Nov 15, 2014

Summer 1973: I Meet A Teenage Indian God

When I was a kid, my Dad got a 2-week vacation every year.  We would always spend the first week visiting our relatives in Indiana, and the second camping up north,  usually in Minnesota.

But in 1973, just after seventh grade, for some reason we spent the first week visiting my Kentucky Kinfolk, and the second in the Great Smoky Mountains National Park, about sixty miles south on the border of Tennessee and North Carolina.

A whole week of nothing to do but sleep outside, fish, hike, and ride horses.

Gross! Where were all the historic sites? Where was all the beefcake?

Then Mom and Dad announced that we were going to spend a day at the Cherokee Indian Reservation.  We would see the Cherokee Museum, the Oconaluftee Indian Village (a replica of an 18th century Cherokee village), and Unto These Hills, a drama about Cherokee history performed in a gigantic outdoor theater.

The play (written by Kermit Hunter in 1950) was big on "noble savage" myths and short on historical accuracy (a new, more accurate version was introduced in 2006).

But it had lots of white-Indian buddy-bonding: future President Andrew Jackson befriended Chief Junaluska, and William Holland Thomas, a white boy adopted by the Cherokee, befriended Chief Yonaguska.

And lots of semi-nude male dancers.  I especially liked the head Eagle Dancer, a super-muscular teenager whose bare hard chest glimmered in the firelight.  I kept waiting for his white loincloth to flip up so I could see what was underneath.

He reminded me of the  Naked Indian God at the Pow Wow in Rock Island three years ago, but I was just a little kid then, and didn't know how to handle the situation.  Now, a 12 year old grown-up, I knew exactly what I wanted -- to meet the Teenage Indian God, and hopefully see him naked.

 After the performance, I asked my parents if I could go get his autograph. They said ok, but hurry.

I pushed my way through the crowds to the little staging area behind the amphitheater, where the performers were wiping off their makeup.  I found the Teenage Indian God, surprisingly, alone.  He had already exchanged his loincloth for a pair of jeans, but his chest was still bare, smooth and hard, his pecs outlined in blue paint.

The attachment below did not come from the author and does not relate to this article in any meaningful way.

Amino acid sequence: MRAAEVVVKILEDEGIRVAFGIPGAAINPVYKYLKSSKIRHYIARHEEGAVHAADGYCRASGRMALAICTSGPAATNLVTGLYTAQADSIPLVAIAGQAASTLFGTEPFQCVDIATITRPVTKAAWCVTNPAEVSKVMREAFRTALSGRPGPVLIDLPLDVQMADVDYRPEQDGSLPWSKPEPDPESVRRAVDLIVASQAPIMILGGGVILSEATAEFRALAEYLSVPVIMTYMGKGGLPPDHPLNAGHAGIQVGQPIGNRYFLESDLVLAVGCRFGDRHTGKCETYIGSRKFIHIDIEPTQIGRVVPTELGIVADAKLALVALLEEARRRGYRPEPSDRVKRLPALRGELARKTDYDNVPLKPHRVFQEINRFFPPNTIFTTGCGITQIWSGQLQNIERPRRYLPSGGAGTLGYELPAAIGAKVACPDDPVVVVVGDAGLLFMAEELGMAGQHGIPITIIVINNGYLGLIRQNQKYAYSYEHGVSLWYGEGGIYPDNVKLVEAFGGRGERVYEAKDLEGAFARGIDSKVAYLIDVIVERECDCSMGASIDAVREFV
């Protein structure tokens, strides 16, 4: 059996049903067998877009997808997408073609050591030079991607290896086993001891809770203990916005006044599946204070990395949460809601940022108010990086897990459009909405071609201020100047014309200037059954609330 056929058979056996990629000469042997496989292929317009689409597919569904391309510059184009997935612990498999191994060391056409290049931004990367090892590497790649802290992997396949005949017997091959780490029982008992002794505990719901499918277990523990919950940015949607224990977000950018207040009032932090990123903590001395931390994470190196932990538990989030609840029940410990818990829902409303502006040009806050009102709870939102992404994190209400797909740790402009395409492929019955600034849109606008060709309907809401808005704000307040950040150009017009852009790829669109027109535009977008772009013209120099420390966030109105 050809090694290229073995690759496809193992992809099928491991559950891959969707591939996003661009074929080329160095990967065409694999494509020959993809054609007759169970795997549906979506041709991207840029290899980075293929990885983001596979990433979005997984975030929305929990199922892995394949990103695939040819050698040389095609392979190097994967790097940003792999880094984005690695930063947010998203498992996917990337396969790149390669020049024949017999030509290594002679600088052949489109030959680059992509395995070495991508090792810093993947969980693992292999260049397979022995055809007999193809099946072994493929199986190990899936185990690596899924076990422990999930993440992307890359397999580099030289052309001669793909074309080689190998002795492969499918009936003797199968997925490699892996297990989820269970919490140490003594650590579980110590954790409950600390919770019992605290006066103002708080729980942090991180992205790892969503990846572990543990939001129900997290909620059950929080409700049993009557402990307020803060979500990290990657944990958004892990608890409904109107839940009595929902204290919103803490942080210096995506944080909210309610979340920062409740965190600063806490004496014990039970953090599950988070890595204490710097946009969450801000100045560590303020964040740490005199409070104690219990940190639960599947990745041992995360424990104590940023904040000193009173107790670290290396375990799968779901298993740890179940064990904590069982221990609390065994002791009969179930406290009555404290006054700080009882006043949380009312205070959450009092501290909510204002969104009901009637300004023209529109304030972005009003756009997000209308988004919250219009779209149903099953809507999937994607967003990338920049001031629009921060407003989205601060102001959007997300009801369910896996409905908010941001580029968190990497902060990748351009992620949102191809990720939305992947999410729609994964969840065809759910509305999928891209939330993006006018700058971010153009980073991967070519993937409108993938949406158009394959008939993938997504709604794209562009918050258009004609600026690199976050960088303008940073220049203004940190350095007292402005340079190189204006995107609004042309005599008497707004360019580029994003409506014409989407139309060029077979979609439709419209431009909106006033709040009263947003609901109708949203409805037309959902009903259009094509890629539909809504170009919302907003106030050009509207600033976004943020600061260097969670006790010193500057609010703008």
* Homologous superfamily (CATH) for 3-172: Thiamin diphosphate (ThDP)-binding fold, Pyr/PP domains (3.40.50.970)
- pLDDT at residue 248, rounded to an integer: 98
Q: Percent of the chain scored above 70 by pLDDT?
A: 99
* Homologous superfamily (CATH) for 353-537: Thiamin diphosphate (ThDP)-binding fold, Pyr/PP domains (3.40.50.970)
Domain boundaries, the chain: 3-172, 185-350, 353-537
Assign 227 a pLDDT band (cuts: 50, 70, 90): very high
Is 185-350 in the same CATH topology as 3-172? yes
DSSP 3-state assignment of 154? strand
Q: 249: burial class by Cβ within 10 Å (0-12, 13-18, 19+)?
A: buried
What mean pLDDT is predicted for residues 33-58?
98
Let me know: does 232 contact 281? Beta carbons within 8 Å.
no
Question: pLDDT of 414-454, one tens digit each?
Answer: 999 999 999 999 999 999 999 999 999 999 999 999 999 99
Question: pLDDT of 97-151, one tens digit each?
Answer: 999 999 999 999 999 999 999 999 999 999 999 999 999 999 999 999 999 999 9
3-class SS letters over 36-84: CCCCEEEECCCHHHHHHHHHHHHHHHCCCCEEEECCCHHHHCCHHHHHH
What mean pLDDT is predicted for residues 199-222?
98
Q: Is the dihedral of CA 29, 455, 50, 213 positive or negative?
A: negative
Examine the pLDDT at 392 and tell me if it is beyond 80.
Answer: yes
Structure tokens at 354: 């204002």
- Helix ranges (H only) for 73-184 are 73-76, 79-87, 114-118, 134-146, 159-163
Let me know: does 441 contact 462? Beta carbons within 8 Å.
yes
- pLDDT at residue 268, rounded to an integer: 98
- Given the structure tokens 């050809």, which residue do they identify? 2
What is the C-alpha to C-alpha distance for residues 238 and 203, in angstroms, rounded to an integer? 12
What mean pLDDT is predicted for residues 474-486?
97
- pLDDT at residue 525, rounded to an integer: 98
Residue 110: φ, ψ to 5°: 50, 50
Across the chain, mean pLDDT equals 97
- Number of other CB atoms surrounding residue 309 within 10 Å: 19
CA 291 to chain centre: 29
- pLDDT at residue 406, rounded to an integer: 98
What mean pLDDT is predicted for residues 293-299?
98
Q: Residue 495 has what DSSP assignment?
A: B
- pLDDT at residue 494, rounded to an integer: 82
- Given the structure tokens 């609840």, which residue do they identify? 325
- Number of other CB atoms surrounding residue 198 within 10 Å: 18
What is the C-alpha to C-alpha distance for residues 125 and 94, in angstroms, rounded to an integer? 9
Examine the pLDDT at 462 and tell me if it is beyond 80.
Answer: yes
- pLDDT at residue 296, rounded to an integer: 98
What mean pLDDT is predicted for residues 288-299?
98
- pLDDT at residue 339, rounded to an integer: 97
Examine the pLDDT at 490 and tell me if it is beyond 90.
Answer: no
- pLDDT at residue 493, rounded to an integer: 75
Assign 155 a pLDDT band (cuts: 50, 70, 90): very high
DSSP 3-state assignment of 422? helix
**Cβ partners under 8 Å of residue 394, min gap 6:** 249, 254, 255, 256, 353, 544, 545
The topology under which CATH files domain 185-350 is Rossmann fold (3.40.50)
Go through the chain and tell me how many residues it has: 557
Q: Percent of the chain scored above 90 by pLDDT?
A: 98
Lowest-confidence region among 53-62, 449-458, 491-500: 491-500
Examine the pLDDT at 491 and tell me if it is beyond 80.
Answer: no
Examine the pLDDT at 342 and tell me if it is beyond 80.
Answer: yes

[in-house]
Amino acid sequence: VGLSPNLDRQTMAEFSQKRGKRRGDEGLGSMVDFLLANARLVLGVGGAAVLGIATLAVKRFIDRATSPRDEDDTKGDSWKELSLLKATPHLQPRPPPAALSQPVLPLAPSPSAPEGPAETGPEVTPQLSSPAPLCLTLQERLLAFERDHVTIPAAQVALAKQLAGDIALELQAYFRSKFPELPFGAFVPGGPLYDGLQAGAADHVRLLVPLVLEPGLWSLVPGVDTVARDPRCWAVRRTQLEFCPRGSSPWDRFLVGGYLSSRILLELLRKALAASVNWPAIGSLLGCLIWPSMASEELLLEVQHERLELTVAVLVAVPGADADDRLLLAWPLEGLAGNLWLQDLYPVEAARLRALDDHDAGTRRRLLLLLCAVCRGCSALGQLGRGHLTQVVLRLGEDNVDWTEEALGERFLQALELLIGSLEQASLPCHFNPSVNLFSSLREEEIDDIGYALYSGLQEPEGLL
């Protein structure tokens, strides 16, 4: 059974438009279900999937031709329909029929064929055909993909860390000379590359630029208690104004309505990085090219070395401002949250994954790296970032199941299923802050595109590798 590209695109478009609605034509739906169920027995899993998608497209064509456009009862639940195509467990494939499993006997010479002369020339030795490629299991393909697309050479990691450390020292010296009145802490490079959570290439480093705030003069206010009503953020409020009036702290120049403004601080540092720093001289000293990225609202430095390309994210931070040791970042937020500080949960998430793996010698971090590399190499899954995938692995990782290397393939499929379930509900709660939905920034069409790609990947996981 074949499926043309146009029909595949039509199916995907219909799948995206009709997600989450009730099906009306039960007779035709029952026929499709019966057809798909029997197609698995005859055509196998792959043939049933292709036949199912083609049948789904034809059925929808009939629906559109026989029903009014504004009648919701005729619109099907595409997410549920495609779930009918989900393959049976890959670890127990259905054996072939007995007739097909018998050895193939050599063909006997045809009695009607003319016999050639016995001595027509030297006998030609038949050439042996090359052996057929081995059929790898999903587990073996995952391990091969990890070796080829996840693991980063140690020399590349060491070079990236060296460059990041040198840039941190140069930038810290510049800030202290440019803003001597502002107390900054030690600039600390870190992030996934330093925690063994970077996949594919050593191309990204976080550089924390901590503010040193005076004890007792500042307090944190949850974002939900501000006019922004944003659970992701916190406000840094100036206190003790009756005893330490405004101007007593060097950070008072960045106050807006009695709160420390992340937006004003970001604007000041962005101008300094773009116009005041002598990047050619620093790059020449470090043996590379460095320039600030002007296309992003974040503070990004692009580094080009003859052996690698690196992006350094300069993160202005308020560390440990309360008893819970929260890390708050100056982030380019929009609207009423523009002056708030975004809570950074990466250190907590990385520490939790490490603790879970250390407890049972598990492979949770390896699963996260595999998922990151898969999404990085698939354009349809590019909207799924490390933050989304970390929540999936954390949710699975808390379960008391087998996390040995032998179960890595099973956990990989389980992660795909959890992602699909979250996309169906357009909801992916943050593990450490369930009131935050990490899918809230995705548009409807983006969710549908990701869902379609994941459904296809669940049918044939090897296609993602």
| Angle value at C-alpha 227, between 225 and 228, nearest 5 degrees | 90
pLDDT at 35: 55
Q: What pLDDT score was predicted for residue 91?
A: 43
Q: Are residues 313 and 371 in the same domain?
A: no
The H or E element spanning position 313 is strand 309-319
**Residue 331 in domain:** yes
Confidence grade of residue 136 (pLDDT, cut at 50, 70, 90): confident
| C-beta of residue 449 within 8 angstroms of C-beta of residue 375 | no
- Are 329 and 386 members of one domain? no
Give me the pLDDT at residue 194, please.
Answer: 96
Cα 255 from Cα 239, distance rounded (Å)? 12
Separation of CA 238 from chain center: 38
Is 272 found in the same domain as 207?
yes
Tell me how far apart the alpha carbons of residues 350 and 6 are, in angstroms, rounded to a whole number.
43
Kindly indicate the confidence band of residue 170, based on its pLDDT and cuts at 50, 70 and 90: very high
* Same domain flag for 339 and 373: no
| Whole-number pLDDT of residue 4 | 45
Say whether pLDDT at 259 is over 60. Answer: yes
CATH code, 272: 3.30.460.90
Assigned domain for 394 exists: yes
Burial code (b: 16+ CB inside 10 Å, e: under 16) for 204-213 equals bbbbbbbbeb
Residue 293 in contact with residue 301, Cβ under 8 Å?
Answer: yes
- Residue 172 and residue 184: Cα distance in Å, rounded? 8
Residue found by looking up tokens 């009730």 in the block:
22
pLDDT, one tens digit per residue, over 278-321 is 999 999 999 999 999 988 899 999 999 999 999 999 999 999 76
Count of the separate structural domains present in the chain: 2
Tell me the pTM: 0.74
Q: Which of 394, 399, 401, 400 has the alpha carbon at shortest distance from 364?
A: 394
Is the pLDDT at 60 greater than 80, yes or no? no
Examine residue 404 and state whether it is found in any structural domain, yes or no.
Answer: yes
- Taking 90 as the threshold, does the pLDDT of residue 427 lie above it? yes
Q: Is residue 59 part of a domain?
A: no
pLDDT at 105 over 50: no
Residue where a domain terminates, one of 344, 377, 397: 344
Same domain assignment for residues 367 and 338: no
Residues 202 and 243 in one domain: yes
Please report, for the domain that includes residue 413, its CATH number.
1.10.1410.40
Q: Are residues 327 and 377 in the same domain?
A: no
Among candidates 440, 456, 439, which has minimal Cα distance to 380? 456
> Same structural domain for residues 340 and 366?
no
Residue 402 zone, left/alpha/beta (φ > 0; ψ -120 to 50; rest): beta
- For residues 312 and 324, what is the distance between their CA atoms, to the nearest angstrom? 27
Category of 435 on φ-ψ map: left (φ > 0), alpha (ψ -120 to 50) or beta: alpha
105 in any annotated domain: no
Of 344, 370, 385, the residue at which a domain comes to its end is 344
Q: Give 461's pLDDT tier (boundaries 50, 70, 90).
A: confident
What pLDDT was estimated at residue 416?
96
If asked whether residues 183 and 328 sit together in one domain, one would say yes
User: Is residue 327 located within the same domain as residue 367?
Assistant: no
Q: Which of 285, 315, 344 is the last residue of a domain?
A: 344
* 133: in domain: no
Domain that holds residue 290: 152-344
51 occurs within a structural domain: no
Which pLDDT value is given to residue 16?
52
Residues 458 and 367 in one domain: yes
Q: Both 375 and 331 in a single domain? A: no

"Hi!  You were great!"  I said breathlessly, trying to memorize his physique. "Can I have your autograph?"

"Sure."  He signed my program.  Our hands touched as he passed it back.

What could I say to get him interested?  "Um...I want to be a dancer, too, but the Mean Boys at school say it's just for girls."

"Don't let Mean Boys push you around," the Teenage Indian God told me.  "Do what makes you happy.  I'm the only boy in my ballet class -- one boy and twenty girls!  Nice odds, huh?"

Wait -- was he studying dance just to get girls?  What about the muscular male bodies?  What about the buddy-bonding?

"Gross!" I exclaimed.

He laughed. "Just wait a few years -- let me tell you, there's nothing like holding a foxy chick in your arms..."

"Don't you ever dance with boys?"

"If you're going to be a dancer, you have to dance with girls," he said, looking at me oddly.  "They're always going to be your partners, for the rest of your life."

They're always going to be your partners.  What a bleak future!

Blinking back tears of outrage, I rushed off, forgetting to thank him for the autograph.

When we got back to the camper, I looked at my program.  Kevin Martin.  

He wasn't even a real Indian.

I took it out into the woods and threw it away.

Researching this post, I found out more about Kevin Martin.  After high school, he studied dance in New York, and then spent twenty years performing for dance companies in Cincinnati, Louisville, and Washington.  Today he is the director of the men's dance division of the Nutmeg Conservatory for the Arts in Connecticut.

Hopefully he hasn't done it all just to get girls.

Nov 14, 2014

Top 12 Public Penises of Central America

I've never been to Mexico, except a few times to Tijuana, which hardly counts.  People keep inviting me to the gay resorts of Cabo San Lucas and Mazatlan, but I want to see the archaeological sites; the Aztec ruins, the Mayan pyramids, the gate at Teotihuacan that looks like a portal to another dimension.

And, of course, the beefcake.

Here are the top public penises of Mexico and Central America.

1. In Mexico City, these buffed Aztecs are founding Tenochtitlan, the Aztec capital and the largest city in North America  during the 15th century (10 time the size of London at the time).

2. Gaspar Yanga, an African slave who led a revolt against the Spanish in 1570, is memorialized in this statue in Veracruz.

3. Moving south to Guatemala, the town of Livingston features an incongruously neoclassical Dios de la Mar (God of the Sea).

4, Tecun Uman, the last ruler of the Mayas and national hero of Guatemala, is memorialized, muscles in all, by Rodolfo Galeotti Torres.

More after the break.

Nov 13, 2014

Fall 1975: Dad Takes Me to See Naked Men

When I was growing up in Rock Island, the adults always asked "Is there any girl at school that you like?" but never "What do you want to be when you grow up?"  That was already decided.  I would go to work in the factory.

My parents evoked my future in the factory as often as my future with a wife and kids.  The two were linked in my mind: factory/marriage, two inescapable facts of life., two incessant murmurs of the mind-control tripods.